St Patrick’s Day – History

Text by Pat Gerbrandt

Do you celebrate St. Patrick’s Day because you want to catch a leprechaun in order to find his pot of gold? The little shoemaker elf is a whimsical bit of Irish legend, but the real treasure is in the legacy left by the Apostle of Ireland.

Born in Wales about AD 385, the man who came to be the patron saint of Ireland was sold into slavery to Ireland when he was 16. There, he worked for 6 years as a shepherd on the slopes of Slemish.

While in captivity he studied and turned to religion. He escaped slavery and later returned to Ireland as a missionary, determined to convert the people to Christianity. Eventually, he entered the monastery at Lérins and studied at Auxerre for 12 years. When St. Palladius died in 431, Patrick was consecrated (432) in his place by St. Germanus of Auxerre.

Kissing the blarney stone (named after the village of Blarney) to obtain the gift of beautiful speaking ability is may be intended as a tribute to the man whose eloquent words and example succeeded in turning many from paganism to Christianity. This upset the Celtic Druids and Patrick was arrested several times, but escaped each time. He traveled throughout Ireland, establishing monasteries across the country. He also set up schools and churches.

At first, the king was indignant at Patrick’s challenge of paganism but eventually he respected Patrick. Putting an end to pagan practices probably gave rise to the legends which claim St. Patrick drove snakes out of the country. In many old pagan religions, serpent symbols were common and often worshipped.

Patrick was about 60 years old when Pope St. Leo I established him in the archiepiscopal see at Armagh. St. Patrick’s mission was successful; Ireland was almost entirely Christian by the time of his death. Patrick’s understanding of the social structure of the country and his wisdom are reflected in the way he provided leadership. He developed the Celtic abbot-bishop system based on an organization of tribal units, just as he had methodically converted the people, tribe by tribe. Patrick insisted on codifying the country’s traditional laws, and modified them to harmonize with Christian practice. Harsher laws, dealing with slaves and taxation of the poor, were mitigated. He introduced the Roman alphabet. In 457 he retired to Saul, where he died in 461 at the age of 76, one of the most respected missionaries ever.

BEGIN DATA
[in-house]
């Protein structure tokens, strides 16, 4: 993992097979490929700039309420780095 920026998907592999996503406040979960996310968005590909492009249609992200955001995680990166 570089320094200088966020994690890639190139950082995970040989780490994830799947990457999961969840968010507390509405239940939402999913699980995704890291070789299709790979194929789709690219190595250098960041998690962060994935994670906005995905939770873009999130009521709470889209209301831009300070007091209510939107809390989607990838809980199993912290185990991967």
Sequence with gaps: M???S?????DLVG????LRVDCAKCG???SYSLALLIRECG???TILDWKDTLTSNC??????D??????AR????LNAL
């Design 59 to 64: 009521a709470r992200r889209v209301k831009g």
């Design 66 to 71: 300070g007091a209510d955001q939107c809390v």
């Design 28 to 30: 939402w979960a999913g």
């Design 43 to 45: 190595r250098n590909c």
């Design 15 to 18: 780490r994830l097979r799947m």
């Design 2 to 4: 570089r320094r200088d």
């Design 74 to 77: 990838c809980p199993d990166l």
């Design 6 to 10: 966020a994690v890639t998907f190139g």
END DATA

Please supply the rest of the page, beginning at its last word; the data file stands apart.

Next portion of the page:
”Confessions”, an apology of his life’s work, written near the end of his life, is the primary source of reliable information about St. Patrick. In “Epistola”, he denounced British mistreatment of Irish Christians. Saint Patrick described himself as a “most humble-minded man, pouring forth a continuous paean of thanks to his Maker for having chosen him as the instrument whereby multitudes who had worshipped idols and unclean things had become the people of God.”

Legends say St. Patrick chose the shamrock to represent how the Father, the Son, and the Holy Spirit could all exist as separate elements of the same entity, and his followers adopted the custom of wearing a shamrock on his feast day.

St. Patrick died on March 17. To those who celebrate its intended meaning, St. Patrick’s Day, which occurs during the Christian season of Lent, is a traditional day for spiritual renewal and offering prayers for missionaries worldwide.

Irish Blessing

May the roads rise to meet you;
May the winds be always at your back.
May the sun shine warm upon your face,
The rains fall soft upon your fields,
And, until we meet again
May God hold you in the hollow of his hand.

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